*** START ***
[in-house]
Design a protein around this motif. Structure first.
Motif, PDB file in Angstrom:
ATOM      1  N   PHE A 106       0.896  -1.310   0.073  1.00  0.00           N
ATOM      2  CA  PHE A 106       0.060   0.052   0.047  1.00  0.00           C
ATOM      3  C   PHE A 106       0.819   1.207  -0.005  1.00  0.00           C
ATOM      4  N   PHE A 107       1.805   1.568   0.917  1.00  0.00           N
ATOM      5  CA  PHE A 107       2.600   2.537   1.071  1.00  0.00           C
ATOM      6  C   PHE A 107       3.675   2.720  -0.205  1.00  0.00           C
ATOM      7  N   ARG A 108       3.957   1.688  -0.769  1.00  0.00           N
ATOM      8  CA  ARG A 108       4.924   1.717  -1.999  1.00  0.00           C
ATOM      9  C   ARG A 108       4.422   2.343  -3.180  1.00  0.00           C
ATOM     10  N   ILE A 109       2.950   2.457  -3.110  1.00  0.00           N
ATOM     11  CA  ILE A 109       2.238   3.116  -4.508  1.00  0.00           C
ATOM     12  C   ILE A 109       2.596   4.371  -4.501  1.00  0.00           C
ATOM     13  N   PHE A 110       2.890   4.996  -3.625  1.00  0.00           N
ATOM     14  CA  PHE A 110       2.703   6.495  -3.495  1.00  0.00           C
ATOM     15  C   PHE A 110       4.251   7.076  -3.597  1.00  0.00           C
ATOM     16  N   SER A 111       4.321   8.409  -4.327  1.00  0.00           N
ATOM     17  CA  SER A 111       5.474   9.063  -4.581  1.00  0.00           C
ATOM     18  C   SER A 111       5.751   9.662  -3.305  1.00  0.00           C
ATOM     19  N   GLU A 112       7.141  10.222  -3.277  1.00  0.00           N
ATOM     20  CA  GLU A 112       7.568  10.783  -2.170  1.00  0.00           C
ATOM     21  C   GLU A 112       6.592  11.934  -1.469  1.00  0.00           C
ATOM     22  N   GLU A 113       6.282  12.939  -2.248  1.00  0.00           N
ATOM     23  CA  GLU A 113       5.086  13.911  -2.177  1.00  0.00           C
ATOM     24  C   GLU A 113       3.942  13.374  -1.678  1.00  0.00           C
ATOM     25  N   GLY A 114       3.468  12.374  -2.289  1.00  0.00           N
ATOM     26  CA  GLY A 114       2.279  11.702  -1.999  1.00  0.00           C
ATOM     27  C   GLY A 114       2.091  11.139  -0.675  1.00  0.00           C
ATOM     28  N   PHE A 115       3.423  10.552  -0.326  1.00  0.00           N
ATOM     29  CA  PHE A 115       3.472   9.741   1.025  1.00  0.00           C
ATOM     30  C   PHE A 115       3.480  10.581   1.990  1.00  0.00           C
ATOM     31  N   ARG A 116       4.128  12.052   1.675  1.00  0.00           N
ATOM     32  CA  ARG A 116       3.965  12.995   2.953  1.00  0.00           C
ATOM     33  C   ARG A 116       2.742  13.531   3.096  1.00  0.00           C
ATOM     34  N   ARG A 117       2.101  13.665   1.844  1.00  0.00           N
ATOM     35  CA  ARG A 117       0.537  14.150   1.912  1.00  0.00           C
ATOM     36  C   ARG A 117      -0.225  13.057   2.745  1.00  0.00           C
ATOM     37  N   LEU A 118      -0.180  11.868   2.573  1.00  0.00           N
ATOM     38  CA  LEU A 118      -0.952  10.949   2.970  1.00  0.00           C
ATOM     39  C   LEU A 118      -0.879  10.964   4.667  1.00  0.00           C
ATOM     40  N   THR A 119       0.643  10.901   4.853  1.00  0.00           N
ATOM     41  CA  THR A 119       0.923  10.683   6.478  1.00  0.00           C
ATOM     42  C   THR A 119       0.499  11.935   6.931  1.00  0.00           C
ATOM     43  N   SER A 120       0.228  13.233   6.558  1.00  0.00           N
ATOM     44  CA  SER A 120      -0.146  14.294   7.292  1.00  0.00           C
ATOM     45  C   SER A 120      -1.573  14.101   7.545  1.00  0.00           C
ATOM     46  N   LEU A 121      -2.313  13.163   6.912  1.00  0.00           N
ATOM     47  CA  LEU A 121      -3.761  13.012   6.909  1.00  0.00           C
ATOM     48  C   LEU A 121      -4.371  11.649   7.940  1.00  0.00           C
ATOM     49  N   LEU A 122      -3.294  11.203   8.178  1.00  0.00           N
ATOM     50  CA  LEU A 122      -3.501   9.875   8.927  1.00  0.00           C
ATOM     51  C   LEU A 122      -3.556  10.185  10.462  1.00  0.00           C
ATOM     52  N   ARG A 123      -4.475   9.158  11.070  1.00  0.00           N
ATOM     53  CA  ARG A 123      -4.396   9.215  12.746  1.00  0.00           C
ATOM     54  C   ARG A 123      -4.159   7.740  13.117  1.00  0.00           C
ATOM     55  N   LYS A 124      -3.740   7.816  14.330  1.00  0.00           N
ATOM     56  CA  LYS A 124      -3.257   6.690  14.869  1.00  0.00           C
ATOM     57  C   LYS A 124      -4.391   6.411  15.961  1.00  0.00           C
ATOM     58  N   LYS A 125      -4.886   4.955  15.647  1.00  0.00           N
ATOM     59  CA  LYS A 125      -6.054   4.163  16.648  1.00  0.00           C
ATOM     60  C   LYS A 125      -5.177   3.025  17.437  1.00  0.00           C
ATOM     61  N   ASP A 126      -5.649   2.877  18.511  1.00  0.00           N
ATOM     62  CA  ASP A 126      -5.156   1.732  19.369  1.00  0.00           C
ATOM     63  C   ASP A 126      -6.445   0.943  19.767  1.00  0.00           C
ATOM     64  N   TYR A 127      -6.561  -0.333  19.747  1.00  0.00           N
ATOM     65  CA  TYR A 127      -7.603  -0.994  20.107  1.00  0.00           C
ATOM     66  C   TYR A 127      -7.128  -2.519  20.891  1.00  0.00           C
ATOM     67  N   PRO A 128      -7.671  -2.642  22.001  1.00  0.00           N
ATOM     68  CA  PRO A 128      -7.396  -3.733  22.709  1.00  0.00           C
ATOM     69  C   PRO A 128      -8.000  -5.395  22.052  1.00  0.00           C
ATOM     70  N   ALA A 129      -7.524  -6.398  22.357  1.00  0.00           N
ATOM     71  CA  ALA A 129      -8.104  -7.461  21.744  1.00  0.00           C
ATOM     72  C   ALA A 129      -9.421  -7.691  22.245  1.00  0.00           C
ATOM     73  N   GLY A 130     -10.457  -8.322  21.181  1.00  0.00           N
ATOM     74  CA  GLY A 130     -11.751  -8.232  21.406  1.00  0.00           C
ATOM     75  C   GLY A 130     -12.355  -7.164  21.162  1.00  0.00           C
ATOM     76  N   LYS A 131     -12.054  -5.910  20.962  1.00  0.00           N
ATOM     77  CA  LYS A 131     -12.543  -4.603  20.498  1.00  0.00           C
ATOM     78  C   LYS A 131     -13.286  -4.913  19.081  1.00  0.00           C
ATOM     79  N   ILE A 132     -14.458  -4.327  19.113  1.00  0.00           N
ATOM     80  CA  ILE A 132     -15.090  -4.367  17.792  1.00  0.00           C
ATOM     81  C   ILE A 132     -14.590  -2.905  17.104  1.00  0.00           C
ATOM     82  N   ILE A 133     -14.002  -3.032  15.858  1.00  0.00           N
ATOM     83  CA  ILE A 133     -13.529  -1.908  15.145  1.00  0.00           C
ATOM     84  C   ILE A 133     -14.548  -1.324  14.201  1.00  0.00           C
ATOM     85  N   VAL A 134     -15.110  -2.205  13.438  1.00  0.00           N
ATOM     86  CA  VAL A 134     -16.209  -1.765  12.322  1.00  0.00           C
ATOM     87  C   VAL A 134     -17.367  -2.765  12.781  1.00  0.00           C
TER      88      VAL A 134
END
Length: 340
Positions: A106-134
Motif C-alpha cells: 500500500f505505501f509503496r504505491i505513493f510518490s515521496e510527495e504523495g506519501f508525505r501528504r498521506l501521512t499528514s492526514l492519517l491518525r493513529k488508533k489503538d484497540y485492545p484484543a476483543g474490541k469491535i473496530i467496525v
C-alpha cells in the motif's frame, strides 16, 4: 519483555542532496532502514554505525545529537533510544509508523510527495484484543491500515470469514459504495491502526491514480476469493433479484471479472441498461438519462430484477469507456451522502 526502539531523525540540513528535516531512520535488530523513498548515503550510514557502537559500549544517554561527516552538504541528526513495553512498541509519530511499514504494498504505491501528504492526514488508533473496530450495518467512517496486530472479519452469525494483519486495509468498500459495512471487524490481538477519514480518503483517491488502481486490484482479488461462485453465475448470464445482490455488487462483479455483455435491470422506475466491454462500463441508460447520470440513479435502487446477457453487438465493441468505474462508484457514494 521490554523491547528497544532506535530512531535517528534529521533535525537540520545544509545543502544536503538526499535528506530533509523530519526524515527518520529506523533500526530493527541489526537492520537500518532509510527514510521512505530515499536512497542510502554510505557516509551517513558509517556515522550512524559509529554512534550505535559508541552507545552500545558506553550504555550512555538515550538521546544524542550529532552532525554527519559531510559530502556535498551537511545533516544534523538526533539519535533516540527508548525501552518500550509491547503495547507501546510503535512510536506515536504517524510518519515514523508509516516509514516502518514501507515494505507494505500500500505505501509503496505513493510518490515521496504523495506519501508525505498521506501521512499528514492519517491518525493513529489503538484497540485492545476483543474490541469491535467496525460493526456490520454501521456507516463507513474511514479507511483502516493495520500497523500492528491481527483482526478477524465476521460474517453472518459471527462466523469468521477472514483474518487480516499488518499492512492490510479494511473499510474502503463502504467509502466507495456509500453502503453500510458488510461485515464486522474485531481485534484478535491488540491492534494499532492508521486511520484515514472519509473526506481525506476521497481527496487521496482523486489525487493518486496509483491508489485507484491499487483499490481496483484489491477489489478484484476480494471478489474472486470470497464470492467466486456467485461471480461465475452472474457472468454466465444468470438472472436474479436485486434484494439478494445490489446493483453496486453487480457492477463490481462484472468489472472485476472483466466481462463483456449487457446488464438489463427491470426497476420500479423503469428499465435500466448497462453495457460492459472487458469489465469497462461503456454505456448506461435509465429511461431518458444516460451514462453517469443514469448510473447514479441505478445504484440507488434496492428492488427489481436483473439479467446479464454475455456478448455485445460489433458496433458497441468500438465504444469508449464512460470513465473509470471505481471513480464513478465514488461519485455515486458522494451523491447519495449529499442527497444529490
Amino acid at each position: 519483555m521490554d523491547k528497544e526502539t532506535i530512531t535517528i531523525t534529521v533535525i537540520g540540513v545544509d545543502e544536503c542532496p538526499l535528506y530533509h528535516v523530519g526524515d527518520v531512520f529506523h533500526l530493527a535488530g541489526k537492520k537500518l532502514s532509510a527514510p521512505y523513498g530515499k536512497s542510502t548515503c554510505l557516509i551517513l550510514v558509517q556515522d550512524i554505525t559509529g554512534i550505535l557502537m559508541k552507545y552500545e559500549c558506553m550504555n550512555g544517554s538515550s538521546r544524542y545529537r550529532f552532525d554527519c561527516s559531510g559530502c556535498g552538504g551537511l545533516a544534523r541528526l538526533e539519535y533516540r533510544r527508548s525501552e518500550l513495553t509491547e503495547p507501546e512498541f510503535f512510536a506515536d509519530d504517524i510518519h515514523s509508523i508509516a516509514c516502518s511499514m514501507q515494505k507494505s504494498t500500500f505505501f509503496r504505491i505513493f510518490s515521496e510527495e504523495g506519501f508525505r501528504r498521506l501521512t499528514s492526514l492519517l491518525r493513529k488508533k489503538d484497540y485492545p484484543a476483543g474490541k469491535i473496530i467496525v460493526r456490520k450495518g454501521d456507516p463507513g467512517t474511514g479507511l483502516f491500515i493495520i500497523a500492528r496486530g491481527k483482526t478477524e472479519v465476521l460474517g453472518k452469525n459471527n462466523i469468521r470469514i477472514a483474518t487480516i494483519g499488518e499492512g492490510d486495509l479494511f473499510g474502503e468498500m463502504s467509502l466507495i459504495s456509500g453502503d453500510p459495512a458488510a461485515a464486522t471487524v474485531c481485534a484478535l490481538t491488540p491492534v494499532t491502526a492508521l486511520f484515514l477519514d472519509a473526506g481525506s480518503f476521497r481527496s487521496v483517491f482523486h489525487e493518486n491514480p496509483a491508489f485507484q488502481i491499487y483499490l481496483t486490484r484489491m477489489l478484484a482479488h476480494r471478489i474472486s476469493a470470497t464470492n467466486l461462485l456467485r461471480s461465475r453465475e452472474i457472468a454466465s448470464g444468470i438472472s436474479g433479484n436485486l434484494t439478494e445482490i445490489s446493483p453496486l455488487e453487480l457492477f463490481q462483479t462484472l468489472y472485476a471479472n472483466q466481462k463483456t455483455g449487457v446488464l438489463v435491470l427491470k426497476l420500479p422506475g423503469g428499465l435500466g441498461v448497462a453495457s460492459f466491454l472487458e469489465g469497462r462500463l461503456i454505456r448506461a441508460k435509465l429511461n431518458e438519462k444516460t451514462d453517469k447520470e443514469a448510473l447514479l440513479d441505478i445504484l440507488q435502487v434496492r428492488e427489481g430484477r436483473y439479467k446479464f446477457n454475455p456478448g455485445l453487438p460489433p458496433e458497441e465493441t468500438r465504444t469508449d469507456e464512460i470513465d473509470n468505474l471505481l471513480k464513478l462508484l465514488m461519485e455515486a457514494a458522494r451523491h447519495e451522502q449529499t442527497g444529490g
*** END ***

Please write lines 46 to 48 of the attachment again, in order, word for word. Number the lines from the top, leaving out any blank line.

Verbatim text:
ATOM     43  N   SER A 120       0.228  13.233   6.558  1.00  0.00           N
ATOM     44  CA  SER A 120      -0.146  14.294   7.292  1.00  0.00           C
ATOM     45  C   SER A 120      -1.573  14.101   7.545  1.00  0.00           C